Alfama is one of the old historic towns in Lisbon. Of all the places I visited abroad in May, this was one of my absolute favorites overall and definitely the most beautiful place I saw in Portugal.An interesting part of this area was riding the old trolley. They are hand operated by a driver at the front. Because I'm not from the area, I didn't anticipate the number of slopes and twists and turns on the cobblestone road. Add that to an seemingly unsafe speed for such a place, it seemed worse standing up in the ride for that than it was in all the times I've ridden the subway in Manhattan. The hills were almost comparable to San Francisco hills. Almost.
Many of the buildings are either painted a happy pastel color or tiled with unique painted tiles from top to bottom, which added variety and fun to what would otherwise be just another plain city in Europe. And that was what I loved most about Alfama. Although the colorful homes and doors were weathered and old, they seemed to hold stories, and being someone who loves color and design, this was a special place for me to visit. A quiet and peaceful place.
More to my travels through Lisbon
Lisbon, Portugal - Belém
Lisbon, Portugal - Cabo da Roca
Rossio Square, a popular place among locals to dine, shop, and relax
We took the bus towards Belém, a beautiful area mixed with historic buildings, including a few UNESCO World Heritage Sites, and modern infrastructure situated along the riverbank that flows to the Atlantic Ocean.
Pastéis de Belém, a delicious pastry shop most famous for its Portugese egg tarts. Thick, hard flakes surround the soft custard center. Although a long line, stretching about half a block, formed by the time we arrived, all orders were processed very quickly and we bought various pastries to try for lunch.
Mosteiro dos Jerónimos (Jeronimos Monastery) from the late 15th century
Tower of Belém, used in the 16th century for Portuguese maritime defense and as a symbol of Portugal's Age of Discovery
Loja Das Conservas is a small shop by the coast that sells what Portugal is best known for - canned fish. We stumbled upon this small shop on our way to Alfama, another old town in Lisbon. I've never had canned sardines before and have always heard that they taste and smell bad, but are surprisingly so delicious! They sell canned sardines, mackerels, tuna, and bass in different sauces and spices. These canned fish are part of the Portuguese daily diet, and if I could, I would eat them on a daily basis because they are that good.
More to my travels through Lisbon
Lisbon Portugal - The Colors of Alfama
Lisbon, Portugal - Cabo da Roca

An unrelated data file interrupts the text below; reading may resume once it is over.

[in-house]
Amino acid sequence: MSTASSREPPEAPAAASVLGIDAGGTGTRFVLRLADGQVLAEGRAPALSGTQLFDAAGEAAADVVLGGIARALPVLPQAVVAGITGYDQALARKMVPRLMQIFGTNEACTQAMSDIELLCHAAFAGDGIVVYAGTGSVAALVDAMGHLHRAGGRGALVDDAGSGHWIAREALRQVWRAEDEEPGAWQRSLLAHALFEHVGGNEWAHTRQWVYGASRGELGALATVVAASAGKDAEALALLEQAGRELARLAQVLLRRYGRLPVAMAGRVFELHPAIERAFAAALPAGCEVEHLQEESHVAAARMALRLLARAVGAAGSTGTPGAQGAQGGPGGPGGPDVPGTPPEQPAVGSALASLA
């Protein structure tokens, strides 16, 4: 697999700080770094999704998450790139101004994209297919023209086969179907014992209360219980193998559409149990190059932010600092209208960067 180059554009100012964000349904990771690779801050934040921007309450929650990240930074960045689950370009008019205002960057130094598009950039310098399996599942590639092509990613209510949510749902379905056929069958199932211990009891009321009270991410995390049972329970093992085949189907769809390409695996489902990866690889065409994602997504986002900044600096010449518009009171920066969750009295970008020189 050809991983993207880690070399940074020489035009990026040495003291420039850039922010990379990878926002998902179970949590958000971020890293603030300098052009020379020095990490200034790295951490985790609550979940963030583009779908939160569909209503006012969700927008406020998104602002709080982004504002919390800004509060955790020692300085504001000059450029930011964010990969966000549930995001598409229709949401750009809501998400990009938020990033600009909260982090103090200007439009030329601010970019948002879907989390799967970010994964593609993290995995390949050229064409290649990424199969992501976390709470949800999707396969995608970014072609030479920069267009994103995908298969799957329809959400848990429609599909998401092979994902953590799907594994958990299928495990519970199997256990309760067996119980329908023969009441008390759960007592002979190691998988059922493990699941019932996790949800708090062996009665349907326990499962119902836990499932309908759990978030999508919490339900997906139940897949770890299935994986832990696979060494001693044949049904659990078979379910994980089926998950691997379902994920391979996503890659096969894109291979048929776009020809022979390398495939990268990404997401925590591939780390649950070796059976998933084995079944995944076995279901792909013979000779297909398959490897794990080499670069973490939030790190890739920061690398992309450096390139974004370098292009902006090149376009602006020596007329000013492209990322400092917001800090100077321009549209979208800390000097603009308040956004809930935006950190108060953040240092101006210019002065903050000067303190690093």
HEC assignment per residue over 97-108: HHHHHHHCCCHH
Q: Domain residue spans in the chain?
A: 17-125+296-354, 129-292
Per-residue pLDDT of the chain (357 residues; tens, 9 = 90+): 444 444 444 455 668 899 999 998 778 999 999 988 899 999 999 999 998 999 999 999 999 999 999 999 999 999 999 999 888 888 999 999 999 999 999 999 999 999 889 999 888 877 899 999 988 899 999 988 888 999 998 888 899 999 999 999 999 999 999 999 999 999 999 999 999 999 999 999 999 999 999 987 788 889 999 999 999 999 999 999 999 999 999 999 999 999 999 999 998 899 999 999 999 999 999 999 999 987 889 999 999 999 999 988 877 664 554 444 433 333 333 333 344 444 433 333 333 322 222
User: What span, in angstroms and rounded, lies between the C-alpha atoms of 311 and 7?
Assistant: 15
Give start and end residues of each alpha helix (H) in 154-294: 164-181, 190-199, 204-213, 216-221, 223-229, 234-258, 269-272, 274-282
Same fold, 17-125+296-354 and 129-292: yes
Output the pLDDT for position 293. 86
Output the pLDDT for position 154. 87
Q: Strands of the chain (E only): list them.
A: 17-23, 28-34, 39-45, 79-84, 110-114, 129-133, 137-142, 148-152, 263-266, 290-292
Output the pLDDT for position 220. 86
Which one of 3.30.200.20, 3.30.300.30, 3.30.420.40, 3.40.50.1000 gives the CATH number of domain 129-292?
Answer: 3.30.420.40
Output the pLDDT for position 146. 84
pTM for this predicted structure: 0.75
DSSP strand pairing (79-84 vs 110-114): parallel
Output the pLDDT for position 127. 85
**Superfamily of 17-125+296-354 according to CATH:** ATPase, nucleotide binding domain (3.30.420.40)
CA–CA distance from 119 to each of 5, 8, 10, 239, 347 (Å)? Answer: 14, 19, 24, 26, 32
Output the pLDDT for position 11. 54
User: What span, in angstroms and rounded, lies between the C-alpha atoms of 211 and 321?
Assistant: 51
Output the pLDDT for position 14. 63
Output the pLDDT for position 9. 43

In the past few days since the last day of my internship, I've been able to sleep in until 7am, rest my finger and eyes from the hours and hours spent on the computer in "Excel World", checked items off my summer to-do list, have fun Sister Time with my one and only, and feel excitement about my future rather than dread.
Most of all, this was a summer of professional growth. Since summer of 2009, May through August have been spent on intensely working towards my career goals. While each one had its own challenges, rewards, growth, memories, and friendship, this summer in particular has been the most daunting, interesting, and inspiring one. The determination of carving a future that I crave settled in a few days before my first day of my last internship. However, there was fear of direction in my career. I have always been a worrier from the time I was in middle school. Maybe it's the mindset that Asian parents instill on their children, that life is a straight road and that money will make you happy; therefore, you must work hard, earn a college degree, and land a prestigious job because money equals happiness. But what is life without happiness? When we wake up in the morning, we make the choice of how full our happy-o-meter is. Most mornings throughout the school year, my happy-o-meter was close to empty, and I was beginning to lose hope that I wouldn't find my own ground.
But something changed after my first day of work. For the first time, I woke up every morning excited about something. About working in an industry that I've wanted to work in since high school, about knowing my efforts are making a significant impact for my team and towards the building of the new manufacturing plant, about learning something new everyday outside the textbooks and lectures, about working with people who have the same drive and motivation as I do, about people who value both the company and individuals. College education is an important tool that has shaped how I think and approach problems to create solutions. But in the end, it is just a tool, and there is more to the next 40 years of my career than only what I learned in college. Why choose the expected path of working in petroleum or for a chemicals company? I don't have to. Why should I be just like the rest of the students and fellow classmates at my school? I don't want to. Despite what websites and my classmates believe in what I will do with my major, I will do something different and more. My experiences over the past couple summers have quietly shaped the path I have dreamed of for years, and now I know what I want to accomplish in the next 5 years and 15 years. At the top of my list is to have a job that I enjoy and the chance to live and work all over the US and the world.